Alzheimer's Patients May One Day Regain Their Memories
There may yet be hope for Alzheimer's patients everywhere, as new research indicates that lost memories can be regained.
Neuroscientists have long believed that memories are stored at the synapses - the connections between neurons - that are destroyed by Alzheimer's disease. Long-term memories are formed by the brain which creates new proteins involved in making new synapses.
But a team from the University of California, Los Angeles (UCLA) is turning the tables on this previous notion, saying that synapses could be reactivated by a "reminder" stimulus involving memory within the neurons themselves.
"Long-term memory is not stored at the synapse," David Glanzman, a UCLA professor and senior author of the study, said in a statement. "That's a radical idea, but that's where the evidence leads. The nervous system appears to be able to regenerate lost synaptic connections. If you can restore the synaptic connections, the memory will come back. It won't be easy, but I believe it's possible."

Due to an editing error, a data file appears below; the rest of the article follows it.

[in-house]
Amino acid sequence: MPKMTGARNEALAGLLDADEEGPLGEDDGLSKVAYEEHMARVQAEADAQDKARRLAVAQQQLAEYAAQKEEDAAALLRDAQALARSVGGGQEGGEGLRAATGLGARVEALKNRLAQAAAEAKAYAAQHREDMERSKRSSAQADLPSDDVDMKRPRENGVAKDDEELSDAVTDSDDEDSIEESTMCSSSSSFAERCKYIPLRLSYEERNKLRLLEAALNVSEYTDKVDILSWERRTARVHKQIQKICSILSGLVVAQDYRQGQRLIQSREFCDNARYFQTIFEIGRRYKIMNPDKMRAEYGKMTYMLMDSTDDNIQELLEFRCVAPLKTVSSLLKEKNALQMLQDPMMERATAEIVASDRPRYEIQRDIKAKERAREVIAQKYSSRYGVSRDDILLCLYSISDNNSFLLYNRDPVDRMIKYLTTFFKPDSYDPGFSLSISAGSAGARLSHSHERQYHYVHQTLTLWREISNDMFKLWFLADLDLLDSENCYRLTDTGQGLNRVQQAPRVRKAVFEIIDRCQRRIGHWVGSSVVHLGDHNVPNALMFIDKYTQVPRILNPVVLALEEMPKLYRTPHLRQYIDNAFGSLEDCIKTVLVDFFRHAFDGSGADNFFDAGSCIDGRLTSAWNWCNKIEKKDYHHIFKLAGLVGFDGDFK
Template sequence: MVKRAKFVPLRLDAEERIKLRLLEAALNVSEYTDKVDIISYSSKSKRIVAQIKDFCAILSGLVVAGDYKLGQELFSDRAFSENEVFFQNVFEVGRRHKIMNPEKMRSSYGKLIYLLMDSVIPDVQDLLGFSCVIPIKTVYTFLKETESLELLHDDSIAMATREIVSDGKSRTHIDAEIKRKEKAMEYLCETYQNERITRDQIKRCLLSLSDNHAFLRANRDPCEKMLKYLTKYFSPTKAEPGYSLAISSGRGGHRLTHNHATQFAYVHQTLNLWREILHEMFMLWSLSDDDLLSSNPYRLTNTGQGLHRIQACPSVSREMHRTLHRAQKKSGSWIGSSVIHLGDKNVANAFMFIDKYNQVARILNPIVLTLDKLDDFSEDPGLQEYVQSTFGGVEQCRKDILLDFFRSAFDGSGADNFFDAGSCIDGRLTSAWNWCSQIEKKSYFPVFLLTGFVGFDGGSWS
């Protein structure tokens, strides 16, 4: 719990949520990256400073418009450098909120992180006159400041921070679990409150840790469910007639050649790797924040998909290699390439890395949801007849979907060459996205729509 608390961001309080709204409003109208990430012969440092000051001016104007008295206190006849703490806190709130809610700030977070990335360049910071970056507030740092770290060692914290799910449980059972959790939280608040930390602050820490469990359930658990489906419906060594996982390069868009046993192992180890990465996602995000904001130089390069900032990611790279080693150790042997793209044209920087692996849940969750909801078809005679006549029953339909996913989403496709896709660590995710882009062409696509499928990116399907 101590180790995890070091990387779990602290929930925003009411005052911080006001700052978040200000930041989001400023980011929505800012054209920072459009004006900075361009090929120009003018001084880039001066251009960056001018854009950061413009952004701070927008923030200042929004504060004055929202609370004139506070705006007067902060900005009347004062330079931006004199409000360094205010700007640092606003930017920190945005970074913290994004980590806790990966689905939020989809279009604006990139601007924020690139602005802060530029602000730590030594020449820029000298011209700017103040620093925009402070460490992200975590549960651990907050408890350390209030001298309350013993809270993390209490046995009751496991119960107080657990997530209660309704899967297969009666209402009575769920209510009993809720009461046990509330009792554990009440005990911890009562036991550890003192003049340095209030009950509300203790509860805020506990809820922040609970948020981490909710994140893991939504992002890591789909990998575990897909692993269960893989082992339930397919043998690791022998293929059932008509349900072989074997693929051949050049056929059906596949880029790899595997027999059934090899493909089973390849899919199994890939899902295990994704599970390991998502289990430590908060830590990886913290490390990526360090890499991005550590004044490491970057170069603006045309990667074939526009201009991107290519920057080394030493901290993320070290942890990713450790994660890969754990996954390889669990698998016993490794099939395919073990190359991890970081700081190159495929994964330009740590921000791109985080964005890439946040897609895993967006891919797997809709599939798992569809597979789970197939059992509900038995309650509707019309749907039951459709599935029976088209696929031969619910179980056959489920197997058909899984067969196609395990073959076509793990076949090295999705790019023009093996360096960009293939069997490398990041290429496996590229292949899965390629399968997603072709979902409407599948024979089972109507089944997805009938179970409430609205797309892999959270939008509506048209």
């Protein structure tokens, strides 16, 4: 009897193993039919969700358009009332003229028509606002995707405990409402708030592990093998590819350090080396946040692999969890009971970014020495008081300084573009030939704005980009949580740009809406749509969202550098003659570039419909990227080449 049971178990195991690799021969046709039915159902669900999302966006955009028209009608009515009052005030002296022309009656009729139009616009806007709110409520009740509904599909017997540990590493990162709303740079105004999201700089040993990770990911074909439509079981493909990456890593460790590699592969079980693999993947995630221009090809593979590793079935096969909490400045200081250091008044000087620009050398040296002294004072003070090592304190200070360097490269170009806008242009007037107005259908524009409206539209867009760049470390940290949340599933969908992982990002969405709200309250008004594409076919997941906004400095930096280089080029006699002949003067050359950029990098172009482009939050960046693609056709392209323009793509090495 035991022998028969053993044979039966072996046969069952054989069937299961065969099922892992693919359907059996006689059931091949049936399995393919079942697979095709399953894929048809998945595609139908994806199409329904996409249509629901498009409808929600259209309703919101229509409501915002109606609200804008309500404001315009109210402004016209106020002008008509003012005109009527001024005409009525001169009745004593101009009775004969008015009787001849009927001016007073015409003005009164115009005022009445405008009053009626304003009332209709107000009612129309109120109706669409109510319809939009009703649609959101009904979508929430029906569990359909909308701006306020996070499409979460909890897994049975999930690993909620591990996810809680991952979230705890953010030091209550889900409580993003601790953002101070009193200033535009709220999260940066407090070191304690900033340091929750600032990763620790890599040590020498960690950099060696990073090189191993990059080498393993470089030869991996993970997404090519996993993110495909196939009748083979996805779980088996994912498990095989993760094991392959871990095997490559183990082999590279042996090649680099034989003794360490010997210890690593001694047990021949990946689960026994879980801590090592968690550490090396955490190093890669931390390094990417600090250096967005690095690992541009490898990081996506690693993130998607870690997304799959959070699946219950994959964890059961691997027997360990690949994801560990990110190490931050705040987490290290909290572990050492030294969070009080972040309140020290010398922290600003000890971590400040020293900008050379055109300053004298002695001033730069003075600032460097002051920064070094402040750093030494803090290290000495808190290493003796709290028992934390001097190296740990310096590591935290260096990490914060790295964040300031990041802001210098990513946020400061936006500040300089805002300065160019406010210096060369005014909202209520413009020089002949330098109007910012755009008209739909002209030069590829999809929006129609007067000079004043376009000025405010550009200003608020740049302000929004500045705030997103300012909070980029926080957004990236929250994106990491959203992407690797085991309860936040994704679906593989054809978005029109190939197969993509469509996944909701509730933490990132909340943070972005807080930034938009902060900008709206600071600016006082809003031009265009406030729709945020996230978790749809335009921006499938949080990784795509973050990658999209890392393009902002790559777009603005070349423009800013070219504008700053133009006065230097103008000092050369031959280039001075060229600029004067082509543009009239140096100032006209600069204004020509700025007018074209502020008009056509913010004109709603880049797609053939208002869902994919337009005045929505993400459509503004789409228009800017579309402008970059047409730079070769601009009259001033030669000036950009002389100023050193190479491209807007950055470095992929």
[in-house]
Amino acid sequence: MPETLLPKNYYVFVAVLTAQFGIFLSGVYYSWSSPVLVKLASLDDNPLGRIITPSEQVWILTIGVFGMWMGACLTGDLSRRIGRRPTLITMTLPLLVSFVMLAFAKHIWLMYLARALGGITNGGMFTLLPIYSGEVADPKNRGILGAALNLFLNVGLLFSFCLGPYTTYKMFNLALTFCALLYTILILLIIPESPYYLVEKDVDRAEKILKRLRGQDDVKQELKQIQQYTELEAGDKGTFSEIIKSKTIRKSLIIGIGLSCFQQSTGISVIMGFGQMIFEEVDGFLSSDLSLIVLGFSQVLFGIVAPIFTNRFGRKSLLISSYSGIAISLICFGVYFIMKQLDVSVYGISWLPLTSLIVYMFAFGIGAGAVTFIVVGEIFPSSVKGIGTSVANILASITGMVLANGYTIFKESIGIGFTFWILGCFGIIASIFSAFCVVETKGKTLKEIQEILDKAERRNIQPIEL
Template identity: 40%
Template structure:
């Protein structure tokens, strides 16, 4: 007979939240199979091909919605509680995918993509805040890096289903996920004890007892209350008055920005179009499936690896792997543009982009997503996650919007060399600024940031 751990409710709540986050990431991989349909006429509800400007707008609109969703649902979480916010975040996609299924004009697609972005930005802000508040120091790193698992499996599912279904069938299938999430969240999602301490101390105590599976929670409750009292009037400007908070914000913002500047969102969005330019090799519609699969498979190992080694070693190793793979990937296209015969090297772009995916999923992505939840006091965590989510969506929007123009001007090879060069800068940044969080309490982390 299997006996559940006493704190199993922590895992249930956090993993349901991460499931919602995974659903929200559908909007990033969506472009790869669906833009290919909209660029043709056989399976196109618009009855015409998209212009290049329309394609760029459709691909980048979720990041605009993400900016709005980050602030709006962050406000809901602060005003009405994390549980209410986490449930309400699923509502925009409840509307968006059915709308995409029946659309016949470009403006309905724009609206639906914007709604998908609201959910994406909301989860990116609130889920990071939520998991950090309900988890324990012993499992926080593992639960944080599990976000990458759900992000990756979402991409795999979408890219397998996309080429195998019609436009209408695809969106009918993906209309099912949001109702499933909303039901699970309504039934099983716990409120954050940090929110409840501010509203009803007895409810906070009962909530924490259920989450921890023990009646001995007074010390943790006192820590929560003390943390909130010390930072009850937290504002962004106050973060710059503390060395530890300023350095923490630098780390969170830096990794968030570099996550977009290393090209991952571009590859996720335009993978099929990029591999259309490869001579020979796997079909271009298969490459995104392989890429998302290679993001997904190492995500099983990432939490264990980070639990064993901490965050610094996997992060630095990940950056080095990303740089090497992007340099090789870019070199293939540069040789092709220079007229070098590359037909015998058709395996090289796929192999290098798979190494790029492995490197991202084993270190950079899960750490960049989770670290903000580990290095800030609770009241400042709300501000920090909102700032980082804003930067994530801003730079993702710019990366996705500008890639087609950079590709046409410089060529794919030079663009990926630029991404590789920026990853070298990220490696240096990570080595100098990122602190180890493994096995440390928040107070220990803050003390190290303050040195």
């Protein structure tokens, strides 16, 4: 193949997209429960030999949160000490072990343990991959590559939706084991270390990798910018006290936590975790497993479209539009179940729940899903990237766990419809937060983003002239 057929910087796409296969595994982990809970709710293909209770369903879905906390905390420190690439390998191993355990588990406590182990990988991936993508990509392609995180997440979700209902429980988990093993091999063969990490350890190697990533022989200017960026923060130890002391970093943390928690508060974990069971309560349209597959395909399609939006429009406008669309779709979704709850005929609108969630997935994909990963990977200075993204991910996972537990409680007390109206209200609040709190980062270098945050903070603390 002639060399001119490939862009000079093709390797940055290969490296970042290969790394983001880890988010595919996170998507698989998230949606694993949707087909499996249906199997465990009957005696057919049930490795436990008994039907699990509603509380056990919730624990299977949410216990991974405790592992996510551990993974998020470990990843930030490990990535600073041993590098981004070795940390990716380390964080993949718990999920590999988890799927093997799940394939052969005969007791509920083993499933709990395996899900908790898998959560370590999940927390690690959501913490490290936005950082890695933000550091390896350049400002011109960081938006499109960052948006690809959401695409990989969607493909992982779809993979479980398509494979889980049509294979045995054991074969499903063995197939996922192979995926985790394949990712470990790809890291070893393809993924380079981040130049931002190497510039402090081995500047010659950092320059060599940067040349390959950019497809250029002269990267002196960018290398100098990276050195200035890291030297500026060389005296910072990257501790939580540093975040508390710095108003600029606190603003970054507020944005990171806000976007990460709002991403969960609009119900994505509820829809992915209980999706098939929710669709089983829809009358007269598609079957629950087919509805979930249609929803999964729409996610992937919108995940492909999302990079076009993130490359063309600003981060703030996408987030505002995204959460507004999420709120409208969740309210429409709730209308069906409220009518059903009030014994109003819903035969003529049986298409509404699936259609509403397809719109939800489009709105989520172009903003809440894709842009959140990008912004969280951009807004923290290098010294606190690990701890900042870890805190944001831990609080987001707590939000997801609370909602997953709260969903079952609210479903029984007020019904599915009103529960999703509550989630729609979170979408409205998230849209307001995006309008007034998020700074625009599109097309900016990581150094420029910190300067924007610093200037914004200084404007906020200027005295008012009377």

To gain a better understanding of Alzheimer's effect on memory, Glanzman and his colleagues studied a sea slug known as Aplysia. Specifically, they focused on the snail's defense response and the sensory and motor neurons involved.
The researchers enhanced its withdrawal reflex by mildly shocking the snail on its tail, with the response lasting for days afterwards.
"If you train an animal on a task, inhibit its ability to produce proteins immediately after training, and then test it 24 hours later, the animal doesn't remember the training," Glanzman explained. "However, if you train an animal, wait 24 hours, and then inject a protein synthesis inhibitor in its brain, the animal shows perfectly good memory 24 hours later. In other words, once memories are formed, if you temporarily disrupt protein synthesis, it doesn't affect long-term memory. That's true in the Aplysia and in human's brains."
Although it may seem difficult to apply the memory of simple sea snails - which possess a mere 20,000 neurons compared to the trillions of neurons that humans have - Glanzman says the study is worth pursuing as it could have significant implications for people suffering from the early stages of Alzheimer's disease.
"As long as the neurons are still alive, the memory will still be there, which means you may be able to recover some of the lost memories in the early stages of Alzheimer's," he suggests.
However, in the later stages of Alzheimer's it's the neurons themselves that die, meaning memories probably can't be recovered, he acknowledges.
The findings are described further in the journal eLife.
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